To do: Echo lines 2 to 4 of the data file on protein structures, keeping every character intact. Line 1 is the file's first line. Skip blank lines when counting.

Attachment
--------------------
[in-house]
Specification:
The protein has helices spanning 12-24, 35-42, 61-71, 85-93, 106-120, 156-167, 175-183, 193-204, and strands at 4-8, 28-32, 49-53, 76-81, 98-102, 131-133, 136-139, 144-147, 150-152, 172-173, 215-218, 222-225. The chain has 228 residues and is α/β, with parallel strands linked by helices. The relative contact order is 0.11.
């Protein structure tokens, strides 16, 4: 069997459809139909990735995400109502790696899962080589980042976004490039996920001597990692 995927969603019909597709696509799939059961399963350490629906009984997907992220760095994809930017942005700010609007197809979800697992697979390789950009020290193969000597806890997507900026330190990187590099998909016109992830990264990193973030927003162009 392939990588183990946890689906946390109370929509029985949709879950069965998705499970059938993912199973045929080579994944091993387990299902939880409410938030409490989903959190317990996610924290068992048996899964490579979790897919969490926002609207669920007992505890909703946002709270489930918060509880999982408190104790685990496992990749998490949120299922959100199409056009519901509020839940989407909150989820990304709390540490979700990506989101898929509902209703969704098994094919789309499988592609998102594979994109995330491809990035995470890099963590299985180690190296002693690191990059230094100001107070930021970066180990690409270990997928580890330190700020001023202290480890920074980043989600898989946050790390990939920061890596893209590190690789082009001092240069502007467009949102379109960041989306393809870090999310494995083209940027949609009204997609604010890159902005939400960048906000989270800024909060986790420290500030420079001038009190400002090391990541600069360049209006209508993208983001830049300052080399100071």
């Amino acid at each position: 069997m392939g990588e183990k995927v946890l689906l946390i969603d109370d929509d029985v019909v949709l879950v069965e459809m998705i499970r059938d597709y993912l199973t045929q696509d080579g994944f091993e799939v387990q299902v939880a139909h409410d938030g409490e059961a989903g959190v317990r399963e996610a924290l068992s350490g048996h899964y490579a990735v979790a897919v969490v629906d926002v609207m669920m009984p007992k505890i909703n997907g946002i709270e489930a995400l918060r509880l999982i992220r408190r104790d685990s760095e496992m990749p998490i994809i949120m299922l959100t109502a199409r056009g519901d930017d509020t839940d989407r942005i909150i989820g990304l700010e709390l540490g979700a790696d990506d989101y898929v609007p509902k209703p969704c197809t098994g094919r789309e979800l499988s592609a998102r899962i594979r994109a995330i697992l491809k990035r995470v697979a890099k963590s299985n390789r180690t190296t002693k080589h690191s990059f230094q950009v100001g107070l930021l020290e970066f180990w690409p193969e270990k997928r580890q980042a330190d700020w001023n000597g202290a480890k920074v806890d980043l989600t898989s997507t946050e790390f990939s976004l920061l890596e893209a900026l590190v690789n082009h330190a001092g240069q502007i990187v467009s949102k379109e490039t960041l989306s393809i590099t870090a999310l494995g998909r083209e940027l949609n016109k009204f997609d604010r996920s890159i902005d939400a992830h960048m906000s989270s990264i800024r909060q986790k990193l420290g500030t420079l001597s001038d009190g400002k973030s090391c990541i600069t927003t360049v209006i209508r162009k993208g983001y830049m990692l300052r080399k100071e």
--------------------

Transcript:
Specification:
The protein has helices spanning 12-24, 35-42, 61-71, 85-93, 106-120, 156-167, 175-183, 193-204, and strands at 4-8, 28-32, 49-53, 76-81, 98-102, 131-133, 136-139, 144-147, 150-152, 172-173, 215-218, 222-225. The chain has 228 residues and is α/β, with parallel strands linked by helices. The relative contact order is 0.11.
């Protein structure tokens, strides 16, 4: 069997459809139909990735995400109502790696899962080589980042976004490039996920001597990692 995927969603019909597709696509799939059961399963350490629906009984997907992220760095994809930017942005700010609007197809979800697992697979390789950009020290193969000597806890997507900026330190990187590099998909016109992830990264990193973030927003162009 392939990588183990946890689906946390109370929509029985949709879950069965998705499970059938993912199973045929080579994944091993387990299902939880409410938030409490989903959190317990996610924290068992048996899964490579979790897919969490926002609207669920007992505890909703946002709270489930918060509880999982408190104790685990496992990749998490949120299922959100199409056009519901509020839940989407909150989820990304709390540490979700990506989101898929509902209703969704098994094919789309499988592609998102594979994109995330491809990035995470890099963590299985180690190296002693690191990059230094100001107070930021970066180990690409270990997928580890330190700020001023202290480890920074980043989600898989946050790390990939920061890596893209590190690789082009001092240069502007467009949102379109960041989306393809870090999310494995083209940027949609009204997609604010890159902005939400960048906000989270800024909060986790420290500030420079001038009190400002090391990541600069360049209006209508993208983001830049300052080399100071």